There is considerable controversy surrounding the impact of large transnational corporations on efforts to promote protection of human rights around the world.
This course uses the recently established UN Guiding Principles on Business and Human Rights as an entry point to an advanced analysis of the relationship between corporations and international human rights. The Guiding Principles elaborate the responsibilities of corporations as well as states in upholding human rights and emphasise the importance of ensuring that those who are affected by business-related human rights abuse have access to effective remedy. The Principles envision a broad range of mechanisms by which such remedy may be provided, including judicial mechanisms ('hard' law); state-based non-judicial mechanisms ('soft' law); and non-state-based non-judicial mechanisms (sometimes referred to as 'networked governance'). The course will provide specialised knowledge of the impact of these various mechanisms on the relationship between global corporations and human rights.
Not currently offered.
On successful completion of the course students will be able to:
1. Demonstrate advanced knowledge of different theoretical perspectives on the influence of global corporations on respect for human rights and the appropriateness of various hard and soft law mechanisms for addressing that influence.
2. Demonstrate understanding of recent developments in this field associated with the implementation of the UN Guiding Principles on Business and Human Rights by both state and non-state actors.
3. Critically analyse and evaluate efforts by states to require corporations to respect human rights through both judicial and state-based non-judicial mechanisms.
4. Critically analyse and evaluate efforts by corporations to implement human rights obligations, including through participation in non-state non-judicial mechanisms, such as multi-stakeholder initiatives.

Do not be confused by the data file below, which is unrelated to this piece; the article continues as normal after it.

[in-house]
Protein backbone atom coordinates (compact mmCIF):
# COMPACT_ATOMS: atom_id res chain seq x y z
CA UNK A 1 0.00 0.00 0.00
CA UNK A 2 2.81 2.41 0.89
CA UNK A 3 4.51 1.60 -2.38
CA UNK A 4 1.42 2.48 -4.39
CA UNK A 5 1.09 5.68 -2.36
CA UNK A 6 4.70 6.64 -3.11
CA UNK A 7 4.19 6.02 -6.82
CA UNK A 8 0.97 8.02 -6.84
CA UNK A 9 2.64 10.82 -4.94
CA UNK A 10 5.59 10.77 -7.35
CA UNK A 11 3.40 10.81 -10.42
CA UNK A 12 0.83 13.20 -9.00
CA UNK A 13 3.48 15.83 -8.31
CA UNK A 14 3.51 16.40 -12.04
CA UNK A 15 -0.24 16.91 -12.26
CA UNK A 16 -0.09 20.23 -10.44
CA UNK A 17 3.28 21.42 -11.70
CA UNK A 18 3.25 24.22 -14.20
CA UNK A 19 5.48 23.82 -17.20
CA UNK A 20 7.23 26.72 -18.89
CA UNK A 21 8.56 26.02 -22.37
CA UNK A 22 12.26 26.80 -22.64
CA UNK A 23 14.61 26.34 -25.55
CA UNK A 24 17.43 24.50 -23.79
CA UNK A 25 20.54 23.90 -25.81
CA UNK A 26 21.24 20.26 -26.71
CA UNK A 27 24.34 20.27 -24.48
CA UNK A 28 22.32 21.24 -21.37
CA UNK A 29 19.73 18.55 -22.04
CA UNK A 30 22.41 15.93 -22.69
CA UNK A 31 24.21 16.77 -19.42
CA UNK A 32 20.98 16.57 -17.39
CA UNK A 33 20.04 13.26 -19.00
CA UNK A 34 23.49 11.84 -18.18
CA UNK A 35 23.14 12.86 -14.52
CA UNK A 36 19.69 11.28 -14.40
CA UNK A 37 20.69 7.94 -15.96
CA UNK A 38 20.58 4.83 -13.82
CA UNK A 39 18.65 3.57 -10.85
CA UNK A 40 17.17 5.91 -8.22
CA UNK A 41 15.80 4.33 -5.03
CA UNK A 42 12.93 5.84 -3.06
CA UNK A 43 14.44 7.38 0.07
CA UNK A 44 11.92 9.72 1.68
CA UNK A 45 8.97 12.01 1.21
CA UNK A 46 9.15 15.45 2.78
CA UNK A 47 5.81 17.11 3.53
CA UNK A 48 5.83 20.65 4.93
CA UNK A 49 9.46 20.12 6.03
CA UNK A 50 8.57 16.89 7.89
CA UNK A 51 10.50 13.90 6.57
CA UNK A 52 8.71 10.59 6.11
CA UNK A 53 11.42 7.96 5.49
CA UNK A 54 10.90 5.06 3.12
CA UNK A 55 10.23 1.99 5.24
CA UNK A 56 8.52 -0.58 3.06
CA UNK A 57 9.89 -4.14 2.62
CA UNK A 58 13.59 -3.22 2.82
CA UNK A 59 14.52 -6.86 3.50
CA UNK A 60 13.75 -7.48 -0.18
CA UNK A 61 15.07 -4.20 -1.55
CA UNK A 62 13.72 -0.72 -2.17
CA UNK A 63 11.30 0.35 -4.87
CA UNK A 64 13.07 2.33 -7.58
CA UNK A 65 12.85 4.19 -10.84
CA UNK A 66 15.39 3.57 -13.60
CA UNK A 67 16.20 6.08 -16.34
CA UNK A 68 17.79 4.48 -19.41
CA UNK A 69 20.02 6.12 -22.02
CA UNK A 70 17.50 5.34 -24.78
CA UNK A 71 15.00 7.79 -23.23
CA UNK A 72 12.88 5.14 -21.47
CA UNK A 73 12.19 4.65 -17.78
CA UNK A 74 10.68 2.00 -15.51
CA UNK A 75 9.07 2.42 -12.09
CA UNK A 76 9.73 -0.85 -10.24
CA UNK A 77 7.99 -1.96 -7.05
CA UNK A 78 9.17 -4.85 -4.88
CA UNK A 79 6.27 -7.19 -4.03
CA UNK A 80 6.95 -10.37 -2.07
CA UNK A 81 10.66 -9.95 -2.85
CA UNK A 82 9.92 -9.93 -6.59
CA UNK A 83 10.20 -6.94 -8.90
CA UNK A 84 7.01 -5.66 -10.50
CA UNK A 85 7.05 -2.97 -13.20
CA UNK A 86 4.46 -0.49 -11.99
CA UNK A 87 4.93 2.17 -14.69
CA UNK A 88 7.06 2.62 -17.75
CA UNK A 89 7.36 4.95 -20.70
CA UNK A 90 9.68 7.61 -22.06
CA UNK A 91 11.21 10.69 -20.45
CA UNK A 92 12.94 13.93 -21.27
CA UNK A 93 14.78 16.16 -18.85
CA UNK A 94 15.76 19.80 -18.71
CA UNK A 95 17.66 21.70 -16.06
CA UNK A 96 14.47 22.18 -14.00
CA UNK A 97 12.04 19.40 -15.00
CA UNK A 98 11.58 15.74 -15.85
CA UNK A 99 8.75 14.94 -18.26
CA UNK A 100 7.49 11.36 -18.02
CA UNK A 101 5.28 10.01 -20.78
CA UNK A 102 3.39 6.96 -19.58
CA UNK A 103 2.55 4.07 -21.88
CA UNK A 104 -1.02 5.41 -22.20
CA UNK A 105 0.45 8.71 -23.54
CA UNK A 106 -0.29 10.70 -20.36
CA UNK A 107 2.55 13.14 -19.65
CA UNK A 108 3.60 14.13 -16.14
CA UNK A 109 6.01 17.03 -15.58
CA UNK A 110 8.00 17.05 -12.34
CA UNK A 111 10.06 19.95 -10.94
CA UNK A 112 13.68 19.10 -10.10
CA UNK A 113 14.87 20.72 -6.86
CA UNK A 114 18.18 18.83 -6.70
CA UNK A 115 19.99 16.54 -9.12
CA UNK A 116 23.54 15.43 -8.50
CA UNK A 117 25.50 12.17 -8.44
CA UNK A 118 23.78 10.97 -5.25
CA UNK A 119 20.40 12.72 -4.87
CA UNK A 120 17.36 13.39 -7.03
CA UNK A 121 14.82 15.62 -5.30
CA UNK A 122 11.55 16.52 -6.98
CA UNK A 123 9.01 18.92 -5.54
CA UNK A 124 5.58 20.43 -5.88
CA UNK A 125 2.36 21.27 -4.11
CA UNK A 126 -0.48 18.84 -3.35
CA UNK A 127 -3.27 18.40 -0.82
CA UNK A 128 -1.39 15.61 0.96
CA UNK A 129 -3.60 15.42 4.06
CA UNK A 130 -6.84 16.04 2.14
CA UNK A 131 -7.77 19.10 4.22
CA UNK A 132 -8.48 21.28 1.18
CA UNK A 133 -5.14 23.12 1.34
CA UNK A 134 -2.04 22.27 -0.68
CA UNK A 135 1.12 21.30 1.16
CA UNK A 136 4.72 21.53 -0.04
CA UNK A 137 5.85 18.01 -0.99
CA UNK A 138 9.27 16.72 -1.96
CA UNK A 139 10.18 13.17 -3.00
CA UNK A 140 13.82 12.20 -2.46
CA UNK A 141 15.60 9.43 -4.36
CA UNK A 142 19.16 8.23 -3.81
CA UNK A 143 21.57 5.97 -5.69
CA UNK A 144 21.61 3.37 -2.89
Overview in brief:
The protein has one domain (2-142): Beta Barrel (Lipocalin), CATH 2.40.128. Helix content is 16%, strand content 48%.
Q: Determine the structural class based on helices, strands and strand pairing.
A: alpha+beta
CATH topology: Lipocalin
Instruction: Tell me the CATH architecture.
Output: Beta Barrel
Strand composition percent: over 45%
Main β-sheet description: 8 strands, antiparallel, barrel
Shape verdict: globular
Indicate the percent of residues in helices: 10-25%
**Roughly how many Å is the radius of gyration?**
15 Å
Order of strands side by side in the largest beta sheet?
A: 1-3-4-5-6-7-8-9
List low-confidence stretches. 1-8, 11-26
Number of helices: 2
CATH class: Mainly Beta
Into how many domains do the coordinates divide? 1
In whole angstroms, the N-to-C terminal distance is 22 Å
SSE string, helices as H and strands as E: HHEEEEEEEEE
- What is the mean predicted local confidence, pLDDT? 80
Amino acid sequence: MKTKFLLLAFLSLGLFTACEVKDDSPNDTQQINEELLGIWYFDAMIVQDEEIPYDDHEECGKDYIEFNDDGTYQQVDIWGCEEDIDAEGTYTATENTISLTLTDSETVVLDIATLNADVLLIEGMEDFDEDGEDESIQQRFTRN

5. Undertake specialised research into the impact of one or more global corporations on respect for human rights and on the appropriateness and/or effectiveness of efforts to regulate such impact.
6. Apply specialised knowledge of business-related human rights grievance mechanisms to draft a submission to such a grievance mechanism regarding a particular allegation of human rights abuse (either on behalf of a corporation, an affected community, or non-government organisation).
Topics in this course include:
- Theoretical debates regarding the relationship between Globalisation and Human Rights and the role of Global Corporations in that relationship, including debates about corporate regulation and about the power of global corporations to influence/capture both domestic and international regulatory regimes.
- Debates as to whether and, if so, how " international law may directly regulate the operations of global corporations, including debates about the possibility of a legally binding treaty regarding corporations and human rights.
- The UN Guiding Principles and the role and responsibilities of states, including case studies of government responses to the UN Guiding Principles.
- The role and responsibilities of global corporations in light of the UN Guiding Principles.
- Case studies of hard law and soft law regulatory/governance regimes established by states which purport to enact the Guiding Principles.
- Case studies of "networked governance" regimes (e.g. multi-stakeholder initiatives such as the Ethical Trading Initiative) which purport to enact the Guiding Principles.
- Review of the performance the Guiding Principles and consideration of their future development.
This course is only available to students enrolled in the Juris Doctor/ Graduate Diploma in Legal Practice or Master of Laws programs.
LAWS6001, LAWS6002A, LAWS6002B, LAWS6003A, LAWS6003B, LAWS6004A, LAWS6004B, LAWS6005, LAWS6013 or LAWS6019.
Participation: Class Participation
Essay: Research Essay
Case Study / Problem Based Learning: Drafting exercise